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do you believe they improvise spontenaeously?

rafapakrafapak ✭✭
edited April 2011 in Licks and Patterns Posts: 197
hi guys

if you think about mclaughlin or di meola, all their improvisations are prepared at home before gigs. Stuff that will be played during a gig is learnt by heart first. It is not possible to think about fingerings while improvising. Do you think the same applies to gypsy jazz players?

Comments

  • slicker37slicker37 New
    edited March 2011 Posts: 20
    every guitar player learns licks first,then they develop into longer lines like words and sentences......then outlining chords etc. Now,if youve got a good ear you can change these licks and phrases almost instantly,but what you have memorised previously is kinda your default position.The thing what makes players like django so great is the fact they come up with almost endless amounts of ideas and they also throw in a shocker from time to time.A shocker to me is something totally unexpected,then they seem to do it all again and again.So having a good knowledge of chords and voicings and learning to outline them is vital to being a good improviser.Outling is like when you play melodic lines/solos and you can understand the chord progression from the lines played.
    so basically improv is generally done like this.
    regards
    mike
  • matty42matty42 tyrone, pa✭✭✭
    Posts: 67
    I think you could say its half and half. Every player has licks and phrases they like to use. But once you reach a certain level you're not really going to be thinking about fingerings and such, the playing just more natural. Plus you're influenced by things like you mood, the energy of the other players, the energy of the audience... things like that.
  • tacosandbeertacosandbeer ✭✭
    Posts: 47
    rafapak wrote:
    hi guys

    if you think about mclaughlin or di meola, all their improvisations are prepared at home before gigs. Stuff that will be played during a gig is learnt by heart first. It is not possible to think about fingerings while improvising. Do you think the same applies to gypsy jazz players?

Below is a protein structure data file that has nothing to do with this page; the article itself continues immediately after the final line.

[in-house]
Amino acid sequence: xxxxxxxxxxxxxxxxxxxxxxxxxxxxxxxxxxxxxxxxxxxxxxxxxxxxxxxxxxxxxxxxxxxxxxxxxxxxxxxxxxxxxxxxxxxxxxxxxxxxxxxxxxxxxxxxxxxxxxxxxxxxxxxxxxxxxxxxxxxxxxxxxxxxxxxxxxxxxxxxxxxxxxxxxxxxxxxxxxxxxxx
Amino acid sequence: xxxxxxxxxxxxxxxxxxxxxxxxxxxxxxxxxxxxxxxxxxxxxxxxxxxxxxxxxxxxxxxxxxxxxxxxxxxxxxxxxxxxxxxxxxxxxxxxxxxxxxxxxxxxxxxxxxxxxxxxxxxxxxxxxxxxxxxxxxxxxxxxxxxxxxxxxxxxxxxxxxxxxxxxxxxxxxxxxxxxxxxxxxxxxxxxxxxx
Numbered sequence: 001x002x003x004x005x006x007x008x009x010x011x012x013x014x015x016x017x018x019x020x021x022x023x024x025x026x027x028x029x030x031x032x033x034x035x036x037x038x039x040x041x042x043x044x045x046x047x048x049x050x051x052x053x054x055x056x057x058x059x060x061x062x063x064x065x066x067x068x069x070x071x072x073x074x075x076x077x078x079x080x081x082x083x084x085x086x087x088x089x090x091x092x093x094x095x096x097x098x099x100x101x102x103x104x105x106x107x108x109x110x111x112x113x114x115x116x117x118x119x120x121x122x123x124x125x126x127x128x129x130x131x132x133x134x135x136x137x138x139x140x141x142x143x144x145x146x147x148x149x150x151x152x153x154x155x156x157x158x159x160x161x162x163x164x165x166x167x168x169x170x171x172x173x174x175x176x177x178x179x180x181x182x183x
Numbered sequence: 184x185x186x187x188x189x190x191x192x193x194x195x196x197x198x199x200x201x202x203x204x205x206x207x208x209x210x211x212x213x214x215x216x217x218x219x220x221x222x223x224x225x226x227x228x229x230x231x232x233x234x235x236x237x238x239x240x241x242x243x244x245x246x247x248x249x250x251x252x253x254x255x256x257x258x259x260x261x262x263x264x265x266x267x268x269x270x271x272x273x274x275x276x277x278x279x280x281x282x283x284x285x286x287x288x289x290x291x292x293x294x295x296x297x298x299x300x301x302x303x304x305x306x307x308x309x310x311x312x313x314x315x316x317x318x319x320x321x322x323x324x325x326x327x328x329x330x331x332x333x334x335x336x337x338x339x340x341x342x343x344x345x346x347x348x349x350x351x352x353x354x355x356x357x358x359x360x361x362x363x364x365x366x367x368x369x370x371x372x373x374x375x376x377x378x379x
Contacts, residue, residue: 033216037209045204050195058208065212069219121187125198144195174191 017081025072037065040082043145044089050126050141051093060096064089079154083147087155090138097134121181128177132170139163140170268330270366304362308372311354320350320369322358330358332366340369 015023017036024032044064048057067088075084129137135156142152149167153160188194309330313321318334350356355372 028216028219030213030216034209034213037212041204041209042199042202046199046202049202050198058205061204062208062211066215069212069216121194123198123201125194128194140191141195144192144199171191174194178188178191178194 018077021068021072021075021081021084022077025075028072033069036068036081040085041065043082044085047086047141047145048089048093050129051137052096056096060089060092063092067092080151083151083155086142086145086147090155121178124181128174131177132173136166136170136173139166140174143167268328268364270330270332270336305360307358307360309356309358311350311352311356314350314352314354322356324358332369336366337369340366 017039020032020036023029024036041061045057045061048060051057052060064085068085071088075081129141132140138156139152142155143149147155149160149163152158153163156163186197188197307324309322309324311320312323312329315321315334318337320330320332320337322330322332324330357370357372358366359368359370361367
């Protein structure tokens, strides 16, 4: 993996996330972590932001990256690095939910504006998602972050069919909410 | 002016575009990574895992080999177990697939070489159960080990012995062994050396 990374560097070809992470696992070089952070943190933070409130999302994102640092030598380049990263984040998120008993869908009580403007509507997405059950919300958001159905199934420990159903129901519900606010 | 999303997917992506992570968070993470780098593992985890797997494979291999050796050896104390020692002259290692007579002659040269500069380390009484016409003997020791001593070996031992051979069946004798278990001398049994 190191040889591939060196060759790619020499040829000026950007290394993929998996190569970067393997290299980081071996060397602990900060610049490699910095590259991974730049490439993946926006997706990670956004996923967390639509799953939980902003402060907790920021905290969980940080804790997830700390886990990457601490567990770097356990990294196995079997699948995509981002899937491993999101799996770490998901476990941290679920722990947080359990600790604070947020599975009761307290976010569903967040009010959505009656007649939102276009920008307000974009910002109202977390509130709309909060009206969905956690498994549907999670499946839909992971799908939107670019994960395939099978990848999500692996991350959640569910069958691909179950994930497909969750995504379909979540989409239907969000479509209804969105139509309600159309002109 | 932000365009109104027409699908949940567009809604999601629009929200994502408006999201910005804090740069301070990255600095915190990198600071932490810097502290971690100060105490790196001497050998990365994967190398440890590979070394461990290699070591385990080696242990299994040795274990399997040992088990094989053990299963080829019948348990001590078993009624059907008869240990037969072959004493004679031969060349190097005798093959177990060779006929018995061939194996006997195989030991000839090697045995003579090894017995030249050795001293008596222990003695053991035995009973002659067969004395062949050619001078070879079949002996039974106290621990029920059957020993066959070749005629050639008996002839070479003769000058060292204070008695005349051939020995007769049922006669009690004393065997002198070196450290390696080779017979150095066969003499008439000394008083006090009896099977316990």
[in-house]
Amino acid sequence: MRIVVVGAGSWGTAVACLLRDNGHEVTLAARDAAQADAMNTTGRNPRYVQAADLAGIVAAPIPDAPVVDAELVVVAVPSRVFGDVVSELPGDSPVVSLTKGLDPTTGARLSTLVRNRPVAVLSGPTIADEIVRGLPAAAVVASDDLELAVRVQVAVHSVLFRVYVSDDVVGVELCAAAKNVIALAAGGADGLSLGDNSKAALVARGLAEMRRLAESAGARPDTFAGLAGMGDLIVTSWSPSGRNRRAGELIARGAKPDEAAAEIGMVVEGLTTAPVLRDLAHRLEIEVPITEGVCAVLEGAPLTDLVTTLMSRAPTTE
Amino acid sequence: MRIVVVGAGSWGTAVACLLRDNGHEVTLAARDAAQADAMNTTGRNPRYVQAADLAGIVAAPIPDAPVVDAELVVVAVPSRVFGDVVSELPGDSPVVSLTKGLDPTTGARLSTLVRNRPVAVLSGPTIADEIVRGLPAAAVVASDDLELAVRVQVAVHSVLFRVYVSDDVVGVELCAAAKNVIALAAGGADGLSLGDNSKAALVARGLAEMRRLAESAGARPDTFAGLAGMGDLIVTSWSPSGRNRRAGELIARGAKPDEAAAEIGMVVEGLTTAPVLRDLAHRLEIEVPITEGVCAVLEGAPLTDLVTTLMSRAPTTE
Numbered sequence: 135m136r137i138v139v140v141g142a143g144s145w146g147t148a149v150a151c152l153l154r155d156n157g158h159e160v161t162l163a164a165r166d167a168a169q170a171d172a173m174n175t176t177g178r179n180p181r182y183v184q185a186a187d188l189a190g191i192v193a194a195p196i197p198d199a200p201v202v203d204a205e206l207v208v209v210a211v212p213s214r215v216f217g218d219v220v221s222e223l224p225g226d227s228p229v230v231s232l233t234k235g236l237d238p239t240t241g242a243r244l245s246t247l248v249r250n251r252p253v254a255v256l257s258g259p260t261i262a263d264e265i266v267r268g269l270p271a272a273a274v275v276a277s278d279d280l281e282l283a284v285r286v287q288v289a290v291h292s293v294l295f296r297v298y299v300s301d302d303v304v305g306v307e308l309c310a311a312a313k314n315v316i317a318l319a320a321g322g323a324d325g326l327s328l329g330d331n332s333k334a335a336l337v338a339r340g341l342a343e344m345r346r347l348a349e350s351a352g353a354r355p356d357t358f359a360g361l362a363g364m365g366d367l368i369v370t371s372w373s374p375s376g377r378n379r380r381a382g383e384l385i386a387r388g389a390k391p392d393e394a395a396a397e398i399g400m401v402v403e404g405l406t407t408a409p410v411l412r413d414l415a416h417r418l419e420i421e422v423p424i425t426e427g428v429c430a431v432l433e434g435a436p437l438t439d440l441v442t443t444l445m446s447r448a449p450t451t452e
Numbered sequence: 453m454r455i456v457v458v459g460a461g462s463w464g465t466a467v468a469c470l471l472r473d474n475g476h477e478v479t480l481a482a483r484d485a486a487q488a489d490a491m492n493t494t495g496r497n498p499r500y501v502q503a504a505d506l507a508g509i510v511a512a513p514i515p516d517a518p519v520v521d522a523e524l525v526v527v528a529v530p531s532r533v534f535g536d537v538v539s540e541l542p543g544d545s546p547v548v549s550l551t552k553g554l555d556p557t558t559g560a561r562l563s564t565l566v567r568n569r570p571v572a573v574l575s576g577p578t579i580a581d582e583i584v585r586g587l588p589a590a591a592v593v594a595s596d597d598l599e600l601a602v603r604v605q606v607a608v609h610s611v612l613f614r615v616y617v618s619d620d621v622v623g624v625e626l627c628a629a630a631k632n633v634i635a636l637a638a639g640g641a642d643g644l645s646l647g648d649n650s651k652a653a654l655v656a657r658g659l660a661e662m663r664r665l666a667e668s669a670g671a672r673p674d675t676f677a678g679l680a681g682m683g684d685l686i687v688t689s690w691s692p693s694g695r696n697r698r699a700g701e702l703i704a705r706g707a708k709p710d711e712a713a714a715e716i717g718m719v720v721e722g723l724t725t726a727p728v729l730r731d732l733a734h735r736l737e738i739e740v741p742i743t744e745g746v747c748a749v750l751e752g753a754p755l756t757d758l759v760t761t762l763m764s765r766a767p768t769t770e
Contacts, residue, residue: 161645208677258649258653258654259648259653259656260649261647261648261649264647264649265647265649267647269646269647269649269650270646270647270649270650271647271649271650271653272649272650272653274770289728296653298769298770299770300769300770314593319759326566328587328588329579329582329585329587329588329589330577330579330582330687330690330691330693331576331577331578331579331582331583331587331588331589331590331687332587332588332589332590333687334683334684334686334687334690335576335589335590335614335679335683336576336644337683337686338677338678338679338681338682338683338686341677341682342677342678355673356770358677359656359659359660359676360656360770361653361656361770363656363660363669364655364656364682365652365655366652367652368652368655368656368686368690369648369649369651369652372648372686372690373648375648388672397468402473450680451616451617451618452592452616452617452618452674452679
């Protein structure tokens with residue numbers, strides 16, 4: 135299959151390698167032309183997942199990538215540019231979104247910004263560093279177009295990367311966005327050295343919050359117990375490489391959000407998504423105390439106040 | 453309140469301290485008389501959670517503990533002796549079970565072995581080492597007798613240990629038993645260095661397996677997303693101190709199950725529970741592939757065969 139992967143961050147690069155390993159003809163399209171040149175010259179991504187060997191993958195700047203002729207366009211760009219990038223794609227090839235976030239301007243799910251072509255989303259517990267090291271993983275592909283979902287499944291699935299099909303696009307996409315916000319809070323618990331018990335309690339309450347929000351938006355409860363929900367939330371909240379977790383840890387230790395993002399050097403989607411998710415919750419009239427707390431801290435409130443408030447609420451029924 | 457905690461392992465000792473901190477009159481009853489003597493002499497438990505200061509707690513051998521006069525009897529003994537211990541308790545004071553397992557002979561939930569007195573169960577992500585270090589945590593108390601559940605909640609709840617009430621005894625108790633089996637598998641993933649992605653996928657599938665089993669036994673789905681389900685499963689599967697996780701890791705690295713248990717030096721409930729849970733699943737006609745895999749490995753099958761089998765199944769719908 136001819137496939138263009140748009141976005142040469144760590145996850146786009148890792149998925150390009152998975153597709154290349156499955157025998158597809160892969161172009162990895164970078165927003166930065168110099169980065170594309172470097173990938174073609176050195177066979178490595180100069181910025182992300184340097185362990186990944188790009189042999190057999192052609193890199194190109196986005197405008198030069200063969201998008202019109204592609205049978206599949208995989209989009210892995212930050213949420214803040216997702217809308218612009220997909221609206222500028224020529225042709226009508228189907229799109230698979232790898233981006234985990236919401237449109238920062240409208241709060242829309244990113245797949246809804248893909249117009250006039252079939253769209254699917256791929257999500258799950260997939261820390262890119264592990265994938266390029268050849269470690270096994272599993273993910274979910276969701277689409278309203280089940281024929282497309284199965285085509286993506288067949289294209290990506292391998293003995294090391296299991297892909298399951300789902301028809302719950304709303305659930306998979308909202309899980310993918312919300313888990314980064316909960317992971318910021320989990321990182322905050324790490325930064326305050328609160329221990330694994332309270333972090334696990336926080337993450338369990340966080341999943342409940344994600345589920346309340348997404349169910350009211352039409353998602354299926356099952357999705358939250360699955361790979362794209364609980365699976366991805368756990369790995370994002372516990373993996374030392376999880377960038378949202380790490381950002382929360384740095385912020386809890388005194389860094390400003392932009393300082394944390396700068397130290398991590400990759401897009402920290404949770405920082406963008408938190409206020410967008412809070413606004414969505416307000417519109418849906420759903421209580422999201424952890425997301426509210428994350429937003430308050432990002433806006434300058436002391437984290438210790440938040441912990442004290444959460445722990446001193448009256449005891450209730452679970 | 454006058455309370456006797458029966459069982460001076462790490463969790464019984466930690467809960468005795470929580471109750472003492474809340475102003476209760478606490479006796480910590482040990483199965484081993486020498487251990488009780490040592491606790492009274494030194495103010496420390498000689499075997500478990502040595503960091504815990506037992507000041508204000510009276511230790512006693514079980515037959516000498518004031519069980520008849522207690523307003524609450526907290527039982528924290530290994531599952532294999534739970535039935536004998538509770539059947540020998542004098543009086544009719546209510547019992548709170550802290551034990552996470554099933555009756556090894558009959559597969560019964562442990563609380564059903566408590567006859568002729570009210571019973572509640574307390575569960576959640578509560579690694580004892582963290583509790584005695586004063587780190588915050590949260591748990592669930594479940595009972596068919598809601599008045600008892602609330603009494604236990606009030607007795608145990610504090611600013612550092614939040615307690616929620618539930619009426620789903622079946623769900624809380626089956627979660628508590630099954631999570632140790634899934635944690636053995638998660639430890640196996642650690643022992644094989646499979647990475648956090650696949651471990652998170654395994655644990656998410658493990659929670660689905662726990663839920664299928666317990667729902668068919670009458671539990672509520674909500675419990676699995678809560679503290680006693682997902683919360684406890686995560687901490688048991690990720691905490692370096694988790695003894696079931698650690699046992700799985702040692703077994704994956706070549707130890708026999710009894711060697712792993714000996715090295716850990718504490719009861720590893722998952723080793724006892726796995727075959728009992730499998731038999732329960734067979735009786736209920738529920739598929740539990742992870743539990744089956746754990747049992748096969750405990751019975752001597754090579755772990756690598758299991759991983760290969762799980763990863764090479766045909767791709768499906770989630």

For sure it does. Stochelo is just one example. You can hear it note for note on different recordings of the same songs.
    "Without music, life would be a mistake." --Friedrich Nietzsche
  • crookedpinkycrookedpinky Glasgow✭✭✭✭ Alex Bishop D Hole, Altamira MF01, Godefroy Maruejouls
    Posts: 791
    It seems to me if something's prepared beforehand then it's no longer improvisation. I think there are few people who can improvise completely from scratch and come up with something that's musically valid and interesting rather than technically amazing.

    I think that the arps and licks we learn on gypsy guitar are the reference points to hang thing round and to that extent they are the bits we prepare beforehand. They are also a safety net for those of us lesser mortals who get a bit lost when improvising. I know that I cant really improvise and I get frustrated when I end up playing the same old lines over the same old standards.

    I suppose like all things it's about getting to a technically proficient level where the concsious and deliberate effort needed to play is no longer the foremost thought in our minds. As Zappa once said "shut up and play yer guitar"....apologies if I've mis-quoted the man, but you get the drift.
    always learning
  • Teddy DupontTeddy Dupont Deity
    Posts: 1,204
    Django certainly worked out little phrases which he used when he thought appropriate but in a spontaneous way. Having spent some time messing around with a particular phrase, he once told his driver "That's it. I'll use that somewhere".

    However, several people who recorded with him said he was often amazed at what he had done when he heard the playbacks and could not believe he had played it or how he had thought of it spontaneously.
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